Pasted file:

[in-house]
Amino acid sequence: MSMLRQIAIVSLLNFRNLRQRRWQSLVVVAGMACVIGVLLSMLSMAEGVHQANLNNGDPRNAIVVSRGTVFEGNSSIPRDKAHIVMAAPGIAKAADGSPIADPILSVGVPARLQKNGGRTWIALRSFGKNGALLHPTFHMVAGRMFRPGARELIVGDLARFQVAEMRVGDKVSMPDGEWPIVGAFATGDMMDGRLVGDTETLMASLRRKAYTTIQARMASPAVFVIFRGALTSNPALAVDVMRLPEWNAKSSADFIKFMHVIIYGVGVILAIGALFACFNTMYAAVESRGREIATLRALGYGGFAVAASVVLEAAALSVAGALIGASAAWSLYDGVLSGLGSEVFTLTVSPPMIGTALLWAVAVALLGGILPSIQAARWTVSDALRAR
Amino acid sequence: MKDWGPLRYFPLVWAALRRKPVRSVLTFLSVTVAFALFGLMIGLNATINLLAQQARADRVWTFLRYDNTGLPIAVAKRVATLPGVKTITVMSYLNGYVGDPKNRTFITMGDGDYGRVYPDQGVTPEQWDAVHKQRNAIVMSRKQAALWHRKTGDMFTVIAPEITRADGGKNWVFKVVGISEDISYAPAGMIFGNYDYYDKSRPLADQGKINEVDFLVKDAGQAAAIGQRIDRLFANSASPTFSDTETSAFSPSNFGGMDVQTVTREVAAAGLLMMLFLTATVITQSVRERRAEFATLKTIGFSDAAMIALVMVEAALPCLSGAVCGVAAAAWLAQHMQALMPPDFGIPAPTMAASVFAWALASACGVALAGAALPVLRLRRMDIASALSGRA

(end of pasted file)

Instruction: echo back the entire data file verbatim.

[in-house]
Amino acid sequence: MSMLRQIAIVSLLNFRNLRQRRWQSLVVVAGMACVIGVLLSMLSMAEGVHQANLNNGDPRNAIVVSRGTVFEGNSSIPRDKAHIVMAAPGIAKAADGSPIADPILSVGVPARLQKNGGRTWIALRSFGKNGALLHPTFHMVAGRMFRPGARELIVGDLARFQVAEMRVGDKVSMPDGEWPIVGAFATGDMMDGRLVGDTETLMASLRRKAYTTIQARMASPAVFVIFRGALTSNPALAVDVMRLPEWNAKSSADFIKFMHVIIYGVGVILAIGALFACFNTMYAAVESRGREIATLRALGYGGFAVAASVVLEAAALSVAGALIGASAAWSLYDGVLSGLGSEVFTLTVSPPMIGTALLWAVAVALLGGILPSIQAARWTVSDALRAR
Amino acid sequence: MKDWGPLRYFPLVWAALRRKPVRSVLTFLSVTVAFALFGLMIGLNATINLLAQQARADRVWTFLRYDNTGLPIAVAKRVATLPGVKTITVMSYLNGYVGDPKNRTFITMGDGDYGRVYPDQGVTPEQWDAVHKQRNAIVMSRKQAALWHRKTGDMFTVIAPEITRADGGKNWVFKVVGISEDISYAPAGMIFGNYDYYDKSRPLADQGKINEVDFLVKDAGQAAAIGQRIDRLFANSASPTFSDTETSAFSPSNFGGMDVQTVTREVAAAGLLMMLFLTATVITQSVRERRAEFATLKTIGFSDAAMIALVMVEAALPCLSGAVCGVAAAAWLAQHMQALMPPDFGIPAPTMAASVFAWALASACGVALAGAALPVLRLRRMDIASALSGRA